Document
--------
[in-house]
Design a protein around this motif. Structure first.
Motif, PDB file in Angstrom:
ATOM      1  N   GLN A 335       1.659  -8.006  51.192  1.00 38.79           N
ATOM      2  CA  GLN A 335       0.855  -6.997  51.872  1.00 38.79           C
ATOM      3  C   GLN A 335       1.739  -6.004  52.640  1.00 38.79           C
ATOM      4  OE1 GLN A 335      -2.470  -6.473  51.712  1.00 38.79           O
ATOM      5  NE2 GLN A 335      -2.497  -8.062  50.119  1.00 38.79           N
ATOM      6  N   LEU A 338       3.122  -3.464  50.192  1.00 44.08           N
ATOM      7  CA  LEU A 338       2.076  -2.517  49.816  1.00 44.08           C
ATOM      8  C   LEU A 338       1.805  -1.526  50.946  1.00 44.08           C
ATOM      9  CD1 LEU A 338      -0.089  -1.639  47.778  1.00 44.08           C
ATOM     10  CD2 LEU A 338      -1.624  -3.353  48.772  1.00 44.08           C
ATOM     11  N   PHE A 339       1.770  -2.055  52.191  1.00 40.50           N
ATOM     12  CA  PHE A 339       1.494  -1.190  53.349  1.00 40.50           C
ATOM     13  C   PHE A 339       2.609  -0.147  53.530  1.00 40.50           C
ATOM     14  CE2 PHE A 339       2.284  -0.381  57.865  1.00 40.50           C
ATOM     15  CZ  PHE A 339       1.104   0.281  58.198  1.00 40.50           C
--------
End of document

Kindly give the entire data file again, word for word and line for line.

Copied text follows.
[in-house]
Design a protein around this motif. Structure first.
Motif, PDB file in Angstrom:
ATOM      1  N   GLN A 335       1.659  -8.006  51.192  1.00 38.79           N
ATOM      2  CA  GLN A 335       0.855  -6.997  51.872  1.00 38.79           C
ATOM      3  C   GLN A 335       1.739  -6.004  52.640  1.00 38.79           C
ATOM      4  OE1 GLN A 335      -2.470  -6.473  51.712  1.00 38.79           O
ATOM      5  NE2 GLN A 335      -2.497  -8.062  50.119  1.00 38.79           N
ATOM      6  N   LEU A 338       3.122  -3.464  50.192  1.00 44.08           N
ATOM      7  CA  LEU A 338       2.076  -2.517  49.816  1.00 44.08           C
ATOM      8  C   LEU A 338       1.805  -1.526  50.946  1.00 44.08           C
ATOM      9  CD1 LEU A 338      -0.089  -1.639  47.778  1.00 44.08           C
ATOM     10  CD2 LEU A 338      -1.624  -3.353  48.772  1.00 44.08           C
ATOM     11  N   PHE A 339       1.770  -2.055  52.191  1.00 40.50           N
ATOM     12  CA  PHE A 339       1.494  -1.190  53.349  1.00 40.50           C
ATOM     13  C   PHE A 339       2.609  -0.147  53.530  1.00 40.50           C
ATOM     14  CE2 PHE A 339       2.284  -0.381  57.865  1.00 40.50           C
ATOM     15  CZ  PHE A 339       1.104   0.281  58.198  1.00 40.50           C